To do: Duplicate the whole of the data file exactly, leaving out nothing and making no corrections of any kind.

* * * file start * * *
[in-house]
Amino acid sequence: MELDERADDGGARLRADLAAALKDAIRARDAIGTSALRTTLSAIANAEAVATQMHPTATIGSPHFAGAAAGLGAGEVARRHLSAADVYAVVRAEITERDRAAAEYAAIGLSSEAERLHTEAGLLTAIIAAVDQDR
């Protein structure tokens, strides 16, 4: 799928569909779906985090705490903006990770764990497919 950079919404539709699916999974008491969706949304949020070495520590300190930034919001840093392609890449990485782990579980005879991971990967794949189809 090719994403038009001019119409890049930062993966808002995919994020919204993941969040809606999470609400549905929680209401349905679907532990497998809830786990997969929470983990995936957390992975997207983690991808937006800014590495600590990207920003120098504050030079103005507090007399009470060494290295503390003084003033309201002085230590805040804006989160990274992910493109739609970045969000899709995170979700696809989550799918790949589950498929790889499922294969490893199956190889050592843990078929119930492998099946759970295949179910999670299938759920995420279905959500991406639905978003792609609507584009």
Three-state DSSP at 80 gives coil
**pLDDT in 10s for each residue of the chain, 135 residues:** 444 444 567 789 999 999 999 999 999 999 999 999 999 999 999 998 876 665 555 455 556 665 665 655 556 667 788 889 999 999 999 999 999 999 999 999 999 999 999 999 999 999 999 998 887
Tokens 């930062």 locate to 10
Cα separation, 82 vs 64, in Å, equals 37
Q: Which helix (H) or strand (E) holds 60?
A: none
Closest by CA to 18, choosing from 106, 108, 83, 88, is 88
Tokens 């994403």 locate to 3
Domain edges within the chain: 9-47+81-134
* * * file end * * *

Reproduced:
[in-house]
Amino acid sequence: MELDERADDGGARLRADLAAALKDAIRARDAIGTSALRTTLSAIANAEAVATQMHPTATIGSPHFAGAAAGLGAGEVARRHLSAADVYAVVRAEITERDRAAAEYAAIGLSSEAERLHTEAGLLTAIIAAVDQDR
């Protein structure tokens, strides 16, 4: 799928569909779906985090705490903006990770764990497919 950079919404539709699916999974008491969706949304949020070495520590300190930034919001840093392609890449990485782990579980005879991971990967794949189809 090719994403038009001019119409890049930062993966808002995919994020919204993941969040809606999470609400549905929680209401349905679907532990497998809830786990997969929470983990995936957390992975997207983690991808937006800014590495600590990207920003120098504050030079103005507090007399009470060494290295503390003084003033309201002085230590805040804006989160990274992910493109739609970045969000899709995170979700696809989550799918790949589950498929790889499922294969490893199956190889050592843990078929119930492998099946759970295949179910999670299938759920995420279905959500991406639905978003792609609507584009």
Three-state DSSP at 80 gives coil
**pLDDT in 10s for each residue of the chain, 135 residues:** 444 444 567 789 999 999 999 999 999 999 999 999 999 999 999 998 876 665 555 455 556 665 665 655 556 667 788 889 999 999 999 999 999 999 999 999 999 999 999 999 999 999 999 998 887
Tokens 């930062």 locate to 10
Cα separation, 82 vs 64, in Å, equals 37
Q: Which helix (H) or strand (E) holds 60?
A: none
Closest by CA to 18, choosing from 106, 108, 83, 88, is 88
Tokens 């994403």 locate to 3
Domain edges within the chain: 9-47+81-134